By Kiana Dulan | Staff Writer
With the current climate of elections and the world itself, students may feel hopeless in the uncertainty of our future. However, KapCC’s Chartered Student Organizations provide paid leadership positions for students to make an impact within their local community college.
The Chartered Student Organizations (CSOs) were established to provide students with the necessary resources and a successful student life. Currently, these organizations have filled most of their positions, however, all Board of Publications (BOSP) student leadership positions are still available such as the chair, vice chair, secretary, and voting member.
Cheri Souza, BOSP’s faculty advisor, said the organization is looking for people who are interested in learning about student leadership, who are driven, who want to give back to KapCC, and who want to learn more about how student organizations work. Other desirable qualities are the ability to work independently and a want to learn more about themselves.
Souza said that no publication experience is required. Within this leadership capacity, students will gain transferable skills for the classroom and workplace such as time-management, communication, event-planning, and budgeting.
In addition to general leadership skills, students are also able to work one-on-one with Souza to set personal goals. She’s worked with students to improve their presentation, event planning, and various personal skills that students want to improve.
BOSP’s responsibilities are to oversee and coordinate student-oriented publications at KapCC such as the Kapiʻo News, the Leʻahi Journal of Creative Arts, Ka Hue Ahahā Journal of Academic & Research Writing, and Pueo ʻo Kū featuring STEM research writing.
Souza said she will be setting up an interest workshop where she covers the BOSP mission, available positions, and application process. If students are interested in applying, they can email firstname.lastname@example.org or email@example.com.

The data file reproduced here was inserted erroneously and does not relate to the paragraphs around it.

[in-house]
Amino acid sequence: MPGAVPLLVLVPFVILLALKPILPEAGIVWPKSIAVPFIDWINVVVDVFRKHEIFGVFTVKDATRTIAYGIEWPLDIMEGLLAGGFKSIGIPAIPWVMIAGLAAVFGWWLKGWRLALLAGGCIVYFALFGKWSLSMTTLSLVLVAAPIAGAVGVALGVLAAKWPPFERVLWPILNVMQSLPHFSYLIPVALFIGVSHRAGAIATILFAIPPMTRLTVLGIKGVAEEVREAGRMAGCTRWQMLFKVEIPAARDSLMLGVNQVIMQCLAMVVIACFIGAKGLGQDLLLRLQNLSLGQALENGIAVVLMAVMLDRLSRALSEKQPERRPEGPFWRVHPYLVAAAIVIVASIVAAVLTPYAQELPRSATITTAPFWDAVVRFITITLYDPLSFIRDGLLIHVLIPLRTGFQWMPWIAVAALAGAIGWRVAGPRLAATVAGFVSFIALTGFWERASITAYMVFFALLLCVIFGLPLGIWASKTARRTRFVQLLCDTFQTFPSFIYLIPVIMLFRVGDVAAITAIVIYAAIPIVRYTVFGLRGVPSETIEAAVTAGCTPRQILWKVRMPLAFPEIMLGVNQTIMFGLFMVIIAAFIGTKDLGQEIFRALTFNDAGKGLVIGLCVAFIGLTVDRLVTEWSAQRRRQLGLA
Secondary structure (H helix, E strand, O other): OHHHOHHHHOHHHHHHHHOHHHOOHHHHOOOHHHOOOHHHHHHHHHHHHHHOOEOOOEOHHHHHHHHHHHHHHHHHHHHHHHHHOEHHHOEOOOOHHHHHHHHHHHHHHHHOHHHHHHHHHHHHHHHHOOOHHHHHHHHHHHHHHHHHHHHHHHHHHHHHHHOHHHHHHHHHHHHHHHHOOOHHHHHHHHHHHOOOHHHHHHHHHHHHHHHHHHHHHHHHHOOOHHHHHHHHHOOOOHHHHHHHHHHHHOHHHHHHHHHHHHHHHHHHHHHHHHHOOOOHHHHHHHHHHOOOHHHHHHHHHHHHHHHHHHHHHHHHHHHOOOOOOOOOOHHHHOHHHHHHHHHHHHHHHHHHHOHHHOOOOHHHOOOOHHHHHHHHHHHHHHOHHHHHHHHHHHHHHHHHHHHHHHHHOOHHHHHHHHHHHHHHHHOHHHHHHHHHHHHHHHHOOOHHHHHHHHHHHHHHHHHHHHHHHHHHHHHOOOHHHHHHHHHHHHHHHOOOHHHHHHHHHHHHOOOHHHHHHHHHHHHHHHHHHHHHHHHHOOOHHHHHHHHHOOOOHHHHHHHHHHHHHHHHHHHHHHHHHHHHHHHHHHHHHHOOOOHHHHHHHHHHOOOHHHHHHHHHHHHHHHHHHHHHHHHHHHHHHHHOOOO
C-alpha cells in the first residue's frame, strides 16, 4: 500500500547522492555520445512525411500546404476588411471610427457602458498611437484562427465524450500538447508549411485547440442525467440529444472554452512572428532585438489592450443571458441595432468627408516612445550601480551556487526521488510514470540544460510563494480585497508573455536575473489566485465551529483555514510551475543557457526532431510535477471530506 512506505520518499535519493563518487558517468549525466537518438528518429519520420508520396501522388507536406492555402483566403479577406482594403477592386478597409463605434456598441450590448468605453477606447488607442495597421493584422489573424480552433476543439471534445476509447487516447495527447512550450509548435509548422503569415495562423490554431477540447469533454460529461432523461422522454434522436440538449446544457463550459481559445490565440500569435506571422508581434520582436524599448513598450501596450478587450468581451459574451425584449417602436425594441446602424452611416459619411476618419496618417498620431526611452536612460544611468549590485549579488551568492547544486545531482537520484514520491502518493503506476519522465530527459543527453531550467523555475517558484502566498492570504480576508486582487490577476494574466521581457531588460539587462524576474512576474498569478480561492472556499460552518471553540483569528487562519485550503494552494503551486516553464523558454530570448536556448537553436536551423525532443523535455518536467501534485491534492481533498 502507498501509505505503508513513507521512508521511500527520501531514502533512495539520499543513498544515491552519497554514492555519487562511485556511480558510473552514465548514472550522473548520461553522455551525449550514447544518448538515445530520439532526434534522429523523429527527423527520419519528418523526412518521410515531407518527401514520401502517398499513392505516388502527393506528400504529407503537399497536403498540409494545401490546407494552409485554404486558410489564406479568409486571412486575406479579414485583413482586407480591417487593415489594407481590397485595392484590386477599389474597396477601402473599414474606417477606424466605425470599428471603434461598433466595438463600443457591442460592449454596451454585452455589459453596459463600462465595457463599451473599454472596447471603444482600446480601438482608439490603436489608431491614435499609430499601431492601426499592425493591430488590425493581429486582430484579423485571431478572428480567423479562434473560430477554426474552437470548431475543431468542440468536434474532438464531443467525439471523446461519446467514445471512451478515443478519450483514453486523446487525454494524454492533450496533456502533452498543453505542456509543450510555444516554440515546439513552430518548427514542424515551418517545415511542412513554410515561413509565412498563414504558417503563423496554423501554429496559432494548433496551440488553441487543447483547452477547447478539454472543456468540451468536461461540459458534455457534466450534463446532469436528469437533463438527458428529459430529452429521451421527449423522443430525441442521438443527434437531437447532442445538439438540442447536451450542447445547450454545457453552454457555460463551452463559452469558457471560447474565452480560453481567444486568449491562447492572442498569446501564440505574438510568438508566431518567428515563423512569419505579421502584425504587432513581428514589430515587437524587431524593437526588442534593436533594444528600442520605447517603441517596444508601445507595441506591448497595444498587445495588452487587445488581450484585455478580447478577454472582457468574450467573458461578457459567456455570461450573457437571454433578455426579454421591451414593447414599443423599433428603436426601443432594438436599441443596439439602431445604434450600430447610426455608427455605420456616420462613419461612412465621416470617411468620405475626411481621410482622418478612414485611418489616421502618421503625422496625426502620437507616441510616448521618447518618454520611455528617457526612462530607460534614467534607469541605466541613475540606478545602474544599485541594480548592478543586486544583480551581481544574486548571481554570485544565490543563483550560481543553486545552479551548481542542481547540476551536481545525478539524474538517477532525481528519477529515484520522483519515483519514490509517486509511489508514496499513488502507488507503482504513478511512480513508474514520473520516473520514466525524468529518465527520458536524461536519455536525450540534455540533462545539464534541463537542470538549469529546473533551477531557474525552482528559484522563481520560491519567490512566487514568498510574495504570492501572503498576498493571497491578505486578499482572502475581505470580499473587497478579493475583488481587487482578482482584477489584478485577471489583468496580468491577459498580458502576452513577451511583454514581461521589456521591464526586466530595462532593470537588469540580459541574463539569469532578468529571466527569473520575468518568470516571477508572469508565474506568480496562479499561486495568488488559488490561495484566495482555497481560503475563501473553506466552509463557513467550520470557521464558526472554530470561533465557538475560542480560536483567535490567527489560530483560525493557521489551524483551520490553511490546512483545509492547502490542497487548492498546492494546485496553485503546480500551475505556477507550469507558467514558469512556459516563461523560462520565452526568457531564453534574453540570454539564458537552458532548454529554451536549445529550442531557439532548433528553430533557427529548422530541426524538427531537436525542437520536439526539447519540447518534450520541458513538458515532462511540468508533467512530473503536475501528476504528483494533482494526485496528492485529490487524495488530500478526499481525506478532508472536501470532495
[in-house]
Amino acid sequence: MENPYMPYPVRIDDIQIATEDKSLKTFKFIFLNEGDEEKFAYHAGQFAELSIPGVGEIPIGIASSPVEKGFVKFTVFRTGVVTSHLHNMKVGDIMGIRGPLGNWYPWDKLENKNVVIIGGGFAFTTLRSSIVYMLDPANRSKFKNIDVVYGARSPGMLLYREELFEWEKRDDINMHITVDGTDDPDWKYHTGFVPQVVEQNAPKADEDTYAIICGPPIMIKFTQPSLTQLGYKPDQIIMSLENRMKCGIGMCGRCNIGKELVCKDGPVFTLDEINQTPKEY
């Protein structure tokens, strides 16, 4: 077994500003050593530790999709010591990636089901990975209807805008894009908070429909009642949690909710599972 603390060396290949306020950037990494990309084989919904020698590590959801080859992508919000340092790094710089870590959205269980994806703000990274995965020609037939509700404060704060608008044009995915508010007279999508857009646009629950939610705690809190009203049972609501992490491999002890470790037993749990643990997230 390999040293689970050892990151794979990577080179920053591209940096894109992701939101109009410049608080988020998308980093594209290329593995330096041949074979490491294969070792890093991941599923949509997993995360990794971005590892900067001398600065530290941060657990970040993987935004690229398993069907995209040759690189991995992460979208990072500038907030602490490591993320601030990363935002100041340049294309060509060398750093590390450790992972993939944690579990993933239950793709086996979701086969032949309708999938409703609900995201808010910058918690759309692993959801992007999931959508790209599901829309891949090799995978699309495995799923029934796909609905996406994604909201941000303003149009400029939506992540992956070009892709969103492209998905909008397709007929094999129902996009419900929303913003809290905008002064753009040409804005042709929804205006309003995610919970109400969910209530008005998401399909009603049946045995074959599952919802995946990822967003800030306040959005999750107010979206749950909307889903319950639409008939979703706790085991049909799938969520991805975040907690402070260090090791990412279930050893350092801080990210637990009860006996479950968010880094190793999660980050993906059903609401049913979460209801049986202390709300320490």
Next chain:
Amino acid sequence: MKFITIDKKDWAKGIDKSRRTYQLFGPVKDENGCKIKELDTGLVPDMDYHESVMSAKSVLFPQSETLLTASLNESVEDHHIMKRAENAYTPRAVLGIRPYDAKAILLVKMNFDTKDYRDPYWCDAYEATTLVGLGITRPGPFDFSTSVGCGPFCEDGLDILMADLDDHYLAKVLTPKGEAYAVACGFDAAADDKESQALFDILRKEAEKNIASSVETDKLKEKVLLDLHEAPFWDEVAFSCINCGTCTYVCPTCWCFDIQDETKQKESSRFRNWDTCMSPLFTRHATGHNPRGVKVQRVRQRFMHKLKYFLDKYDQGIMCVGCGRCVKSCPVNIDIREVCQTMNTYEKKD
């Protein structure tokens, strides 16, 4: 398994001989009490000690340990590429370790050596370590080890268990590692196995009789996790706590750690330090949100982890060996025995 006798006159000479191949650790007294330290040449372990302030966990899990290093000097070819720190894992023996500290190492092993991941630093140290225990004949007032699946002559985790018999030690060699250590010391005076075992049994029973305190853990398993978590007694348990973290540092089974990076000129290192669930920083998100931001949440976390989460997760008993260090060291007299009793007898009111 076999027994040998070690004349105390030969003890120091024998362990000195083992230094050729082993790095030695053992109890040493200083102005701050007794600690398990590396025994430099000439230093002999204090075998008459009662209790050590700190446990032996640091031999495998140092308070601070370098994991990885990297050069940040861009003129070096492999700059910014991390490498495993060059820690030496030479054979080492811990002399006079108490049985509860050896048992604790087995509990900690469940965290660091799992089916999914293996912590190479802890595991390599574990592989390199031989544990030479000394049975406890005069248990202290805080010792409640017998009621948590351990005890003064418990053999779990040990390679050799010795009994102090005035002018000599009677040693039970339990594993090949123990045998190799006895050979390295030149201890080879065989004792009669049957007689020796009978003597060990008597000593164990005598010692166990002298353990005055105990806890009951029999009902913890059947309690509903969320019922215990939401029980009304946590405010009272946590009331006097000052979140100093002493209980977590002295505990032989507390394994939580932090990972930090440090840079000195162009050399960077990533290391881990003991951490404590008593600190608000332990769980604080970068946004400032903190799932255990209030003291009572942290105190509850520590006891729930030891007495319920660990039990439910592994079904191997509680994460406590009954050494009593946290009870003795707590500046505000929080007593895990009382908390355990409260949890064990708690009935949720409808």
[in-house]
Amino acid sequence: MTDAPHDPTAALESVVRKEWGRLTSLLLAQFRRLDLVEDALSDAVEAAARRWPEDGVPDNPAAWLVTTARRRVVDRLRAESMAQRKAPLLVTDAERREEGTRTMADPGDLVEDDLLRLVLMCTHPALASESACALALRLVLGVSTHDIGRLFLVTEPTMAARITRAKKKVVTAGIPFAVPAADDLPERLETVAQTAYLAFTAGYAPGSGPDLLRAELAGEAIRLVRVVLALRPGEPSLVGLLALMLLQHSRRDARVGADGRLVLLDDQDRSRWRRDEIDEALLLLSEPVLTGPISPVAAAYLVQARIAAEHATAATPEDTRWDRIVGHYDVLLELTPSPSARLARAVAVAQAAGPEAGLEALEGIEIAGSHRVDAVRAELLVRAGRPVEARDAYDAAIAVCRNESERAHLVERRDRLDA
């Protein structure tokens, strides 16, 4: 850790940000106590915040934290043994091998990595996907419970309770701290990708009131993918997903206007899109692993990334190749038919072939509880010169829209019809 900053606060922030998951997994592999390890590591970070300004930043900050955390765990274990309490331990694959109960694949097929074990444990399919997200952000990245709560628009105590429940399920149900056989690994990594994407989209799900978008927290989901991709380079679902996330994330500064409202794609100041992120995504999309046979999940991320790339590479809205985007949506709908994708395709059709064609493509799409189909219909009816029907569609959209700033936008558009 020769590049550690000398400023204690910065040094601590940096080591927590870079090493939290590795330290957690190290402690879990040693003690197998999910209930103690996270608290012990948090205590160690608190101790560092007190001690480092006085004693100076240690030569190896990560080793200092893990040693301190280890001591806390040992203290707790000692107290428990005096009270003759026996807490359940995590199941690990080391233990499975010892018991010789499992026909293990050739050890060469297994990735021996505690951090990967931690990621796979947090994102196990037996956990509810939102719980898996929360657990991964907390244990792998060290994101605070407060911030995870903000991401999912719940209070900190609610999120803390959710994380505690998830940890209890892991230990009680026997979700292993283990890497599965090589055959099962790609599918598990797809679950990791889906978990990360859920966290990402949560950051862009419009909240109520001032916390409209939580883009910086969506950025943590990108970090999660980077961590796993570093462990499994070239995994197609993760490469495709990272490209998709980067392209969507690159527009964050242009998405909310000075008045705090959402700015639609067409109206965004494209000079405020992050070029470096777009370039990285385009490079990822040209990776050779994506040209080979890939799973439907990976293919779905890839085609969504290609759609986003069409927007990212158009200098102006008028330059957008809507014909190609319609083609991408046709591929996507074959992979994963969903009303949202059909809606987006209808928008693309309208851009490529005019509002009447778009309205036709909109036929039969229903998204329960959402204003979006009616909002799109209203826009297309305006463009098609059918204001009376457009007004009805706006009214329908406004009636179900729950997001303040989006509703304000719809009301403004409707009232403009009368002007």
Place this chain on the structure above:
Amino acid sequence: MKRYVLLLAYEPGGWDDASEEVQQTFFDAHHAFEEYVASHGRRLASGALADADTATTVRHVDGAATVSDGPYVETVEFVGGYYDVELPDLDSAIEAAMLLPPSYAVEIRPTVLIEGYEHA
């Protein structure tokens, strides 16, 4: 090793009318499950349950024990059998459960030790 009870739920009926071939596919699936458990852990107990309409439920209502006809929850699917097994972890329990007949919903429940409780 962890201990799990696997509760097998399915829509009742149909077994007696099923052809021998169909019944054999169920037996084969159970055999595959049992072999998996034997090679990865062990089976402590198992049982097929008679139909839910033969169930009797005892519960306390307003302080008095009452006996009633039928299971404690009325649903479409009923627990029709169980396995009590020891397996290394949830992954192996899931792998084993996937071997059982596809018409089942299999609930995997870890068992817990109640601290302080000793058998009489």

When applying, students will meet with the board, present what they know about the board, why they’re interested, and what skills they will bring to the board. Students will then be voted in by the existing board, which currently comprises of Porscha dela Fuente and David Cabatu who are instructors in language, literature, and linguistics as well as Alfie Gonzales, who is the Kuilei Outreach Program counselor.
“Across the CSOs, we do trainings with our CSO groups and we also do trainings on the state-wide level,” Souza said. “So right now, we are planning an ‘Advocate and Activate’ workshop. As student leaders, people turn to them for all different types of questions around the campus. If they know you’re a student leader, you might get questions that are outside your purview. I’ve had students ask my [BOSP] students, ‘Do we have a mental health counselor?’ so we train them about general things on campus, but we also teach them how to be an advocate and teach them about student leadership.”
Concerning the other CSOs, Student Congress Faculty Advisor Shannon Sakaue said that this organization has had difficulties in filling its executive board in the past. However, for this fall semester, all the candidates for president, vice president, secretary, public relations, and treasurer ran uncontested.
Sakaue is working on a schedule for Student Congress meetings.
“You guys are students first, Student Congress second, and everything is just so much slower because of Covid,” Sakaue said. She hopes on finding a common day among the executive team, and general members such as current active RIO student representatives.
Although there are no more positions within the Student Congress executive team, students can run for a member-at-large. They would need to attend at least one meeting and see if it’s something that fits their schedule. Other requirements are to be taking at least 6 credits with at least a 2.0 GPA. Freshmen can run for a member-at-large position for the upcoming spring semester.
“I think that students learn most from each other,” Sakaue said. “A lot of learning happens between them. Overall, Student Congress is a really great way to get a hands-on experience of understanding all the [skills] that’s important for jobs in the future that you don’t learn in the classroom.”
Such skills include how to take meeting minutes, how to work off an agenda, how to create an agenda, and how to run a meeting. Students may also learn how to speak up in a meeting and how to present in front of a group.
As for campus activities, BOSA takes charge of that. This organization provides ways for students to interact with each other to keep a positive atmosphere within the campus. Such activities would include ice cream and pizza socials, but with the pandemic and Honolulu’s COVID-19 Recovery Framework, it has moved to virtual Zoom socials and e-gaming events with a Virtual Talent Showcase on Nov. 20. Although BOSA technically has two faculty voting member positions open, faculty advisor Romyn Sabatchi said they are unable to fill them due to budgeting constraints.